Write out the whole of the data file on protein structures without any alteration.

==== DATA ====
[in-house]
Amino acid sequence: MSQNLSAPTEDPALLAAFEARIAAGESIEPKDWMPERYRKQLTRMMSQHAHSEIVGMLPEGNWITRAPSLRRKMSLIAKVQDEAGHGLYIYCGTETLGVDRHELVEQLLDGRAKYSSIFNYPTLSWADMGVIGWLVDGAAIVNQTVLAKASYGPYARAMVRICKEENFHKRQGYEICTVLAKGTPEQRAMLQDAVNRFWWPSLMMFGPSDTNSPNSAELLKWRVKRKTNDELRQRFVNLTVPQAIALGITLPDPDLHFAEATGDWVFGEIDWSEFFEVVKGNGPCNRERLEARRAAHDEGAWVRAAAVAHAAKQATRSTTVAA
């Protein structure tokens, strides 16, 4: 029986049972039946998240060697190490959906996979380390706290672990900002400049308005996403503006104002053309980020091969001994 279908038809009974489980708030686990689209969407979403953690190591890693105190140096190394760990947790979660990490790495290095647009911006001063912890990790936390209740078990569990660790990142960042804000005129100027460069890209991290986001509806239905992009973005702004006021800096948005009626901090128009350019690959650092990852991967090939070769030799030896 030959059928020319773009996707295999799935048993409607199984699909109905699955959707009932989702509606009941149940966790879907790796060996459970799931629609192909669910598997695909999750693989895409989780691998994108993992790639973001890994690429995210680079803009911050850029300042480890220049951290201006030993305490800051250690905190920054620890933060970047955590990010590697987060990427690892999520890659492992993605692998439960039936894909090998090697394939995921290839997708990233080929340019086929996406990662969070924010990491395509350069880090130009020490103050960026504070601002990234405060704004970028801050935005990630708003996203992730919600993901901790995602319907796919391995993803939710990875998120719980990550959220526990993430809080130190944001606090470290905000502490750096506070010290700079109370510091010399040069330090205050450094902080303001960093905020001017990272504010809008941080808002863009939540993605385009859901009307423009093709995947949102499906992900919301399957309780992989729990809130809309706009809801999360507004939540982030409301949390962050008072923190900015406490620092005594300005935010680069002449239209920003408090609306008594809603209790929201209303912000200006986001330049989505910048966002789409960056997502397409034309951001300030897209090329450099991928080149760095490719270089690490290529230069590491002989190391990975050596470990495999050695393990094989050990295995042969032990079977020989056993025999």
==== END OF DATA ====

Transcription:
[in-house]
Amino acid sequence: MSQNLSAPTEDPALLAAFEARIAAGESIEPKDWMPERYRKQLTRMMSQHAHSEIVGMLPEGNWITRAPSLRRKMSLIAKVQDEAGHGLYIYCGTETLGVDRHELVEQLLDGRAKYSSIFNYPTLSWADMGVIGWLVDGAAIVNQTVLAKASYGPYARAMVRICKEENFHKRQGYEICTVLAKGTPEQRAMLQDAVNRFWWPSLMMFGPSDTNSPNSAELLKWRVKRKTNDELRQRFVNLTVPQAIALGITLPDPDLHFAEATGDWVFGEIDWSEFFEVVKGNGPCNRERLEARRAAHDEGAWVRAAAVAHAAKQATRSTTVAA
């Protein structure tokens, strides 16, 4: 029986049972039946998240060697190490959906996979380390706290672990900002400049308005996403503006104002053309980020091969001994 279908038809009974489980708030686990689209969407979403953690190591890693105190140096190394760990947790979660990490790495290095647009911006001063912890990790936390209740078990569990660790990142960042804000005129100027460069890209991290986001509806239905992009973005702004006021800096948005009626901090128009350019690959650092990852991967090939070769030799030896 030959059928020319773009996707295999799935048993409607199984699909109905699955959707009932989702509606009941149940966790879907790796060996459970799931629609192909669910598997695909999750693989895409989780691998994108993992790639973001890994690429995210680079803009911050850029300042480890220049951290201006030993305490800051250690905190920054620890933060970047955590990010590697987060990427690892999520890659492992993605692998439960039936894909090998090697394939995921290839997708990233080929340019086929996406990662969070924010990491395509350069880090130009020490103050960026504070601002990234405060704004970028801050935005990630708003996203992730919600993901901790995602319907796919391995993803939710990875998120719980990550959220526990993430809080130190944001606090470290905000502490750096506070010290700079109370510091010399040069330090205050450094902080303001960093905020001017990272504010809008941080808002863009939540993605385009859901009307423009093709995947949102499906992900919301399957309780992989729990809130809309706009809801999360507004939540982030409301949390962050008072923190900015406490620092005594300005935010680069002449239209920003408090609306008594809603209790929201209303912000200006986001330049989505910048966002789409960056997502397409034309951001300030897209090329450099991928080149760095490719270089690490290529230069590491002989190391990975050596470990495999050695393990094989050990295995042969032990079977020989056993025999």